climate change

Greening the Planet: The Fertilizer Effect of CO2 Slows Warming

A new study led by UC Berkeley Lab researcher Trevor Keenan suggests that increased plant growth is slowing the accumulation of carbon dioxide in the atmosphere, a finding that could help explain the mystery of why the uptick in CO2 concentrations has leveled off since 2002, even as emissions have increased. “We believed one of the planet’s main carbon sinks had unexpectedly strengthened,” Keenan explained in a Lab press release. “The question was: which one?”

From the Winter 2016 Reality Bites issue of California.

Notes from Understory: A Berkeley Biologist Gauges the Health of the Redwoods from the Ferns on the Forest Floor.

Emily Burns was driving north from the Bay Area one day, idly woolgathering, when it hit her.

“Western sword ferns,” she recalls thinking. “They’re twice as big in the northern end of their range as in the southern end. And it struck me that it had to be due to water availability. The fact that it’s wetter in Redwood National Park in Humboldt County than, say, Lime Kiln Creek on the Big Sur coast translates as larger ferns in the north. It all seems obvious now, but there was nothing in the literature on it.”

Strip It and Stash It: Climate Scientists Focus on Extracting the Carbon Already in Our Air

For decades, most of the strategizing about how to slow down climate change has focused on cutting emissions of carbon dioxide and other greenhouse gases, mainly by shifting away from fossil fuels. Other proposals range from reducing meat consumption (cattle belch massive quantities of methane, a potent greenhouse gas) to curtailment of chlorofluorocarbons (compounds that both retain heat and destroy atmospheric ozone) in refrigerants and aerosols. 

Setting Misery to Music: Collaboration Lets Listeners “Hear” Effects of Climate Change

As the 2015 U.N. climate change conference continues in the outskirts of Paris—pursuing a global agreement to slow down the devastating effects of global warming—there will be graphs. There will be charts. There will be slideshows.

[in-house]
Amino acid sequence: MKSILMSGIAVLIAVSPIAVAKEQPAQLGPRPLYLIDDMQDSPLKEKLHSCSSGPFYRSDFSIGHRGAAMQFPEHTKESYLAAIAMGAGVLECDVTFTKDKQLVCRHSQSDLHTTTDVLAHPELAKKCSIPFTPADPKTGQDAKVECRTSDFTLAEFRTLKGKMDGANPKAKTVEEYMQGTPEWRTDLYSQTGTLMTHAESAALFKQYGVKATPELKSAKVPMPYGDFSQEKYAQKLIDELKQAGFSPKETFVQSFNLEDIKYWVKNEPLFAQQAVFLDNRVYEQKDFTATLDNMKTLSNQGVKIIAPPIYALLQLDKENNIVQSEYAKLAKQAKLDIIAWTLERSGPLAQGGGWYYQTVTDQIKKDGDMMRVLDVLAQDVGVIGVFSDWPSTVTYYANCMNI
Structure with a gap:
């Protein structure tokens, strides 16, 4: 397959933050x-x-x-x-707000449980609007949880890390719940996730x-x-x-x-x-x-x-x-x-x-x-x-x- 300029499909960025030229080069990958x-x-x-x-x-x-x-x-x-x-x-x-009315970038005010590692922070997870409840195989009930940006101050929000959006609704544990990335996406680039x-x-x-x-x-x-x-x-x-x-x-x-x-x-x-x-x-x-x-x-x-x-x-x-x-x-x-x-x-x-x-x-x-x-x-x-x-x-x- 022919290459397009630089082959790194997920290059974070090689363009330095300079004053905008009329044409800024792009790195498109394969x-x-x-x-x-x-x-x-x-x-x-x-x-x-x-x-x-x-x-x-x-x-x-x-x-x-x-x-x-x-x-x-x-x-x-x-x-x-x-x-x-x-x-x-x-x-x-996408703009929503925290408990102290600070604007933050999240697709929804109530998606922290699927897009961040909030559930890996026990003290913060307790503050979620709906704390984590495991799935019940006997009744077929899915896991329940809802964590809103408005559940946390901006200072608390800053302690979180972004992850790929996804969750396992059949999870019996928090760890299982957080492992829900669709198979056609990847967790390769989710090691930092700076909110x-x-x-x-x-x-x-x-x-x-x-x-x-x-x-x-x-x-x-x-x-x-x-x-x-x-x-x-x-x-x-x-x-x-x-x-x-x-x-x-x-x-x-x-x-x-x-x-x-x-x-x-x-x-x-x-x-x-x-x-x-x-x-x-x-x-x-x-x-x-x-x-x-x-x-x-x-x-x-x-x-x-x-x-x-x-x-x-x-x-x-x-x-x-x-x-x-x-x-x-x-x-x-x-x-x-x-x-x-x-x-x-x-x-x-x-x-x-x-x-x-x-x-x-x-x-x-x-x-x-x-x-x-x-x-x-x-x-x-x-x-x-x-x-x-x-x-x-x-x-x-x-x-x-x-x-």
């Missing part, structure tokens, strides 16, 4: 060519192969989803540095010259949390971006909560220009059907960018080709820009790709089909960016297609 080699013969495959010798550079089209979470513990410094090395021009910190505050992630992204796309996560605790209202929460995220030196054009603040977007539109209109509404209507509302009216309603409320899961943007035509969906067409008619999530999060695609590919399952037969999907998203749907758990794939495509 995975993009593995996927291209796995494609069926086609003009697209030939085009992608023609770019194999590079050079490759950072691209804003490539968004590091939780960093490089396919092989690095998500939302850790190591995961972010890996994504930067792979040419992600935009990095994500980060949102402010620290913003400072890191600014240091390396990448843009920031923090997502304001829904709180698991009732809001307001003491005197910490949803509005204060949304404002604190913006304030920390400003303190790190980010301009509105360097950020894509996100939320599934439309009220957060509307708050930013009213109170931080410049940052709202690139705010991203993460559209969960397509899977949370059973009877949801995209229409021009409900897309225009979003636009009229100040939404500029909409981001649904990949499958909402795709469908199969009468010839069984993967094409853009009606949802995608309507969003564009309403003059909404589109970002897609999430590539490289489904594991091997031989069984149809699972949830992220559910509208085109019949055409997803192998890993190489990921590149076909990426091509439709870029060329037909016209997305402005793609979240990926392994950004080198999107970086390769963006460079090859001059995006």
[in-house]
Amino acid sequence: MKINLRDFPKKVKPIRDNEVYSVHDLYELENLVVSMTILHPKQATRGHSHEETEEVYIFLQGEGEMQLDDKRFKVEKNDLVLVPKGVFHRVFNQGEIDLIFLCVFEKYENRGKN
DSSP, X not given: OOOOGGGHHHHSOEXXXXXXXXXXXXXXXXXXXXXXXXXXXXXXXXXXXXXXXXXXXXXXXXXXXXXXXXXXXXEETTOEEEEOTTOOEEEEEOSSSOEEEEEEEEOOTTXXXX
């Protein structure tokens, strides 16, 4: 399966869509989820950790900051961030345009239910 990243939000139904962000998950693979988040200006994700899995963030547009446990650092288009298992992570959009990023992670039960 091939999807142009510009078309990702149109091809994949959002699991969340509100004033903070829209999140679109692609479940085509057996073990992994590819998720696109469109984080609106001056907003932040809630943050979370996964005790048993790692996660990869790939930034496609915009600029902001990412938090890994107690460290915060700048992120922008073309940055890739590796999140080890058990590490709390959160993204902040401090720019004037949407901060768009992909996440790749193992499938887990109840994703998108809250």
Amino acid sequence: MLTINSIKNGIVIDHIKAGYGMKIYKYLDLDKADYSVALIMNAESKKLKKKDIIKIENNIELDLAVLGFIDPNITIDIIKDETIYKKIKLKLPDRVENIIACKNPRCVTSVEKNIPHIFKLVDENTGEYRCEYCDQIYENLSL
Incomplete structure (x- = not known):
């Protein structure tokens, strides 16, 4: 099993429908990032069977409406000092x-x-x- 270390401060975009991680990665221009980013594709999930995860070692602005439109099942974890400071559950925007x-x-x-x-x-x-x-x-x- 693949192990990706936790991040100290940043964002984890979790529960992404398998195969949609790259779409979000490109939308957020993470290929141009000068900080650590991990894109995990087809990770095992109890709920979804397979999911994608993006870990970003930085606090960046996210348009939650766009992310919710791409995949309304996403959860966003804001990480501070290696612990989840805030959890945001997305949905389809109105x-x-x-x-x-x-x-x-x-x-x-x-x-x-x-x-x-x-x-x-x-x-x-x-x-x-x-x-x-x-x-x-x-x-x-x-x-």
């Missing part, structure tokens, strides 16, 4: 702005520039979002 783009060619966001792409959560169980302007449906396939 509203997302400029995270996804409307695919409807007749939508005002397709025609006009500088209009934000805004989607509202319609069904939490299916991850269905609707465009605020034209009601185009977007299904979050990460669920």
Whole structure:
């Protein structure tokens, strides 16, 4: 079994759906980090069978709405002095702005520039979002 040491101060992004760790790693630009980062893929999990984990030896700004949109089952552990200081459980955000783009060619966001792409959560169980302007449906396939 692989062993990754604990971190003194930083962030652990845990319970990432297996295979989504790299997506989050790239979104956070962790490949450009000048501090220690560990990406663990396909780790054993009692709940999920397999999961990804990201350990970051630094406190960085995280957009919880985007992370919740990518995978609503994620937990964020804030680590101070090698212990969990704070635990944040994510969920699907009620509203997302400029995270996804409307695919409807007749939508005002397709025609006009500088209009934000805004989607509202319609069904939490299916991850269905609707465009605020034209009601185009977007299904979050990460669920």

But if presenters really want to tug at a world leader’s heartstrings, they might want to bring a violin. Break out a synthesizer, a keyboard, and play a snippet of what climate change sounds like: Earth, out of tune and distorted, an orchestra gone a little haywire.

How the University of California is Playing a Unique Role in Global Race Against Warming

The Golden Bear has taken on a distinct greenish tinge this week. First there was the announcement at the United Nations Climate Change Conference outside Paris that the University of California is the sole university participant in Bill Gates’ Breakthrough Energy Coalition, a conglomerate of investors dedicated to developing low-carbon energy sources. UC will dedicate $1.25 billion to the venture over the next five years.

Startup Wants University Endowments to Lend Money so Homeowners Can Go Solar

A new startup founded by two UC Berkeley Haas Business School students aims to give homeowners going solar the leverage to affect more than just the environment.

Window Street Financial—which emerged last fall from an idea generated by Johnny Gannon and Ben Purvis—wants to give them the option of taking a solar loan made up of capital from the endowments of universities, nonprofits and foundations.

Turbo-Charging Cloud Research: Now It’s Easier to Decipher Clues to Climate Change

For most people, clouds are mere grist for metaphor, as with Joni Mitchell’s “Both Sides Now.” But clouds have deep implications beyond late 1960s pop music lyrics. Geophysical implications. Their frequency, type, direction, density and velocity all say a great deal about weather, climate—even atmospheric ozone depletion. The problem is that it’s hard to draw a bead on clouds, to obtain the precise measurements in real time that can translate into useful data. They are clouds, after all: nebulous, evanescent—indeed, vaporous.

Anthropocene Now: Has the Human Race Created a New Geological Epoch?

There’s no question that humans have drastically altered the environment. But just how drastically? As a member of the Anthropocene Working Group, UC Berkeley paleontologist Anthony D. Barnosky works with an international team of geologists, archaeologists, biologists, and historians to determine whether humans have changed Earth’s geology and atmosphere enough to merit the establishment of a new geological epoch, and if so, when that should begin.

From the Spring 2015 Dropouts and Drop-ins issue of California.

Welcome to the Decentralized Energy Revolution: Cleanly Electrifying the World

While the boons of electricity are obvious to anyone who has watched a 49ers game on a 70-inch ultra HDTV or whipped up a frozen margarita in a blender, it also has its downsides—most of them environmental. Coal and natural gas power plants belch planet-warming CO2 into the atmosphere, while nuclear plants produce highly lethal radwaste.

Saving the Sequoias: The Most Magisterial of Trees in California Face a Big Risk

Ronald Reagan was (in)famously unmoved by ancient forests, claiming that “when you’ve seen one redwood, you’ve seen them all.” But most of us still feel a frisson when we stroll among old-growth trees, particularly when they’re the biggest dang trees on the planet: Sequoiadendron giganteum, otherwise known as giant sequoias. (That’s biggest by volume, by the way. Coast redwoods, Sequoia sempervirens, may be taller but typically are more slender.)

The Locavore’s Dilemma

Despite its immense popularity, it doesn’t yet have a common name: some call it “locavorism,” others “localism.” In terms of clarity, the compound “eating locally” may be best.

From the Winter 2009 Food for Thought issue of California.


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